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Talk presented at Benchmarking 2016 symposium, KCL, London, 20th April 2016.

Covers performance measurement strategies (or lack of) in common genomics workflows.

Talk presented at Benchmarking 2016 symposium, KCL, London, 20th April 2016.

Covers performance measurement strategies (or lack of) in common genomics workflows.

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Joe parker-benchmarking-bioinformatics

  1. 1. Why Aren't We Benchmarking Bioinformatics? Joe Parker Early Career Research Fellow (Phylogenomics) Department of Biodiversity Informatics and Spatial Analysis Royal Botanic Gardens, Kew Richmond TW9 3AB joe.parker@kew.org
  2. 2. Outline • Introduction • Brief history of Bioinformatics • Benchmarking in Bioinformatics • Case study 1: Typical benchmarking across environments • Case study 2: Mean-variance relationship for repeated measures • Conclusions: implication for statistical genomics
  3. 3. A (very) brief history of bioinformatics Kluge & Farris (1969) Syst. Zool. 18:1-32
  4. 4. A (very) brief history of bioinformatics Stewart et al. (1987) Nature 330:401-404
  5. 5. A (very) brief history of bioinformatics ENCODE Consortium (2012) Nature 489:57-74
  6. 6. A (very) brief history of bioinformatics Kluge & Farris (1969) Syst. Zool. 18:1-32
  7. 7. Benchmarking to biologists • Benchmarking as a comparative process • i.e. ‘which software’s best?’ / ‘which platform’ • Benchmarking application logic / profiling unknown • Environments / runtimes generally either assumed to be identical, or else loosely categorised into ‘laptops vs clusters’
  8. 8. Case Study 1 aka ‘Which program’s the best?’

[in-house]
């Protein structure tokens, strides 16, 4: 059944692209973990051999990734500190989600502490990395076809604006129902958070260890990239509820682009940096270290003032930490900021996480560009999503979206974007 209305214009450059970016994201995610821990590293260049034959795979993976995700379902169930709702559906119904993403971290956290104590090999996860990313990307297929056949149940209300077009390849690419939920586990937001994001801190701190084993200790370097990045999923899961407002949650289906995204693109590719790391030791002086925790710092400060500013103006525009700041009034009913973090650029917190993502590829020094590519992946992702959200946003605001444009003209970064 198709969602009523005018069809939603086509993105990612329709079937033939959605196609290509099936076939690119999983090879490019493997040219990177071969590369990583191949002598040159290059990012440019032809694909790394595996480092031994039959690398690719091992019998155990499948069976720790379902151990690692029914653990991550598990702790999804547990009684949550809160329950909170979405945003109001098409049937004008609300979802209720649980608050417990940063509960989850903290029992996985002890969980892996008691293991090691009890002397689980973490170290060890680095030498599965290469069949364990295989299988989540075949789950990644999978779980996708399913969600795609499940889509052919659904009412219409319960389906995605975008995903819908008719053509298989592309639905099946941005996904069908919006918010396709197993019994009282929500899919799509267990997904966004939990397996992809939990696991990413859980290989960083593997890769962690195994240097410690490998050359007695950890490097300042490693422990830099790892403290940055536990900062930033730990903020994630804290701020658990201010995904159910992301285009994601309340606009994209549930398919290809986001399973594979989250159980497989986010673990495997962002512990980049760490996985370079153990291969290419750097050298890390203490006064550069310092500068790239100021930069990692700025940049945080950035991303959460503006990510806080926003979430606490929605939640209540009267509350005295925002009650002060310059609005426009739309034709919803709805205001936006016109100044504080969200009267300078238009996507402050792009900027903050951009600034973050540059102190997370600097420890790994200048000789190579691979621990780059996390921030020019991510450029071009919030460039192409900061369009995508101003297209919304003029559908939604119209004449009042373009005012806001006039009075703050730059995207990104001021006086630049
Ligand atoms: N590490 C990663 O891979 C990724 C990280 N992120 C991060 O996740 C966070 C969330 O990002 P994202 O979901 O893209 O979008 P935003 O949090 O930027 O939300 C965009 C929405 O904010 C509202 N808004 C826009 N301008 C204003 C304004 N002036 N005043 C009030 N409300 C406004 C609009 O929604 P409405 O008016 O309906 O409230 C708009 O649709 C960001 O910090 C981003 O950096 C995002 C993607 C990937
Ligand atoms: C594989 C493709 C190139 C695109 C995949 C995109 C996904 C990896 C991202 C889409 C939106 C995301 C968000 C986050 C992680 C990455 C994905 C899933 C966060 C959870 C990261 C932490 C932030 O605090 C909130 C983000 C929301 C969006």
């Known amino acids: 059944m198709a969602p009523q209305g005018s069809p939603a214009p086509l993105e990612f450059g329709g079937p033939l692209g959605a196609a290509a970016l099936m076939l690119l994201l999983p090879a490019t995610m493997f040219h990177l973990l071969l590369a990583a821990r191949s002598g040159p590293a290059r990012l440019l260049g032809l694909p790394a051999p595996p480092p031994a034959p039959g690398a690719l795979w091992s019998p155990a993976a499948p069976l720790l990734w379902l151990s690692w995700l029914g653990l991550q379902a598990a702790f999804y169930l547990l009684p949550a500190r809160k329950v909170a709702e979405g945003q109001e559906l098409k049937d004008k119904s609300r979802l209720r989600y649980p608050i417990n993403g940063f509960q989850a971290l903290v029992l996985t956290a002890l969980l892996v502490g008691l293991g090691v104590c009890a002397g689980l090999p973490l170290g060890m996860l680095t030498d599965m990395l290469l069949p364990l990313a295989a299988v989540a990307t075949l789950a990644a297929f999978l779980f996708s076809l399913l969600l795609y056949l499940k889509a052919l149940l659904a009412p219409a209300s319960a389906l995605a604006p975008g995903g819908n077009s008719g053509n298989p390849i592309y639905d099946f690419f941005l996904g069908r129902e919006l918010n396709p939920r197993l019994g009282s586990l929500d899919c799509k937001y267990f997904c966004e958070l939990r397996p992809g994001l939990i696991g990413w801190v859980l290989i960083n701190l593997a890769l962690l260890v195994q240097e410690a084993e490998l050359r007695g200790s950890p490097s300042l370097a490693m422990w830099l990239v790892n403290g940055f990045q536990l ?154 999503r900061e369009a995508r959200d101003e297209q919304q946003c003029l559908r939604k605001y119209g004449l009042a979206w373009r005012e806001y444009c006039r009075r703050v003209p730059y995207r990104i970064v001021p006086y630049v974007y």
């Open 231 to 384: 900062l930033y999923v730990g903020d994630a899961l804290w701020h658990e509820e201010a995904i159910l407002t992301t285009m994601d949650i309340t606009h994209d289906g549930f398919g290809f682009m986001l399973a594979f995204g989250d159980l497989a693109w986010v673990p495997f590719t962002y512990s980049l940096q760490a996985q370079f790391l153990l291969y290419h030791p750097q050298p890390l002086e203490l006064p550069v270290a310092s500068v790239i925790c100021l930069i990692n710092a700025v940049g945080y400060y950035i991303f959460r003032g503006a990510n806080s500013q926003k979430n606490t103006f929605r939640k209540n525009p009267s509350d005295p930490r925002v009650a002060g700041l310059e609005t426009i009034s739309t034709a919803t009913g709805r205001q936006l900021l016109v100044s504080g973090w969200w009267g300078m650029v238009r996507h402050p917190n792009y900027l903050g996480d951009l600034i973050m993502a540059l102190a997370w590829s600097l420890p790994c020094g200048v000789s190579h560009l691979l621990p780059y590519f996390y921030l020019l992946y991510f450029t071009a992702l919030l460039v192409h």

9. 9. Bioinformatics environments are very heterogeneous • Laptop: – Portable – Very costly form-factor – Maté? Beer? • Raspi: – Low: cost, energy (& power) – Highly portable – Hackable form-factor • Clusters: • Not portable, setup costs • The cloud: – Power closely linked to budget (as limited as) – Almost infinitely scalable -Have to have a connection to get data up there (and down!) – Fiddly setup
  10. 10. Benchmarking to biologists
  11. 11. Comparison System Arch CPU type, clock GHz cores RAM Gb / MHz / type HDD Gb Haemodorum i686 Xeon E5620 @ 2.4 8 33 1000 @ SATA Raspberry Pi 2 B+ ARM ARMv7 @ 1.0 1 1 8 @ flash card Macbook Pro (2011) x64 Core i7 @ 2.2 4 8 250 @ SSD EC2 m4.10xlarge x64 Xeon E5 @ 2.4 40 160 320 @ SSD
  12. 12. Reviewing / comparing new methods • Biological problems often scale horribly unpredictably • Algorithm analyses • So empirical measurements on different problem sets to predict how problems will scale…
  13. 13. Workflow Setup BLAST 2.2.30 CEGMA genes Short reads Concatenate hits to CEGMA alignments Muscle 3.8.31 RAxML 7.2.8+ Set up workflow, binaries, and reference / alignment data. Deploy to machines. Protein-protein blast reads (from MG-RAST repository, Bass Strait oil field) against 458 core eukaryote genes from CEGMA. Keep only top hits. Use max. num_threads available. Append top hit sequences to CEGMA alignments. For each: Align in MUSCLE using default parameters Infer de novo phylogeny in RAxML under Dayhoff, random starting tree and max. PTHREADS. Output and parse times.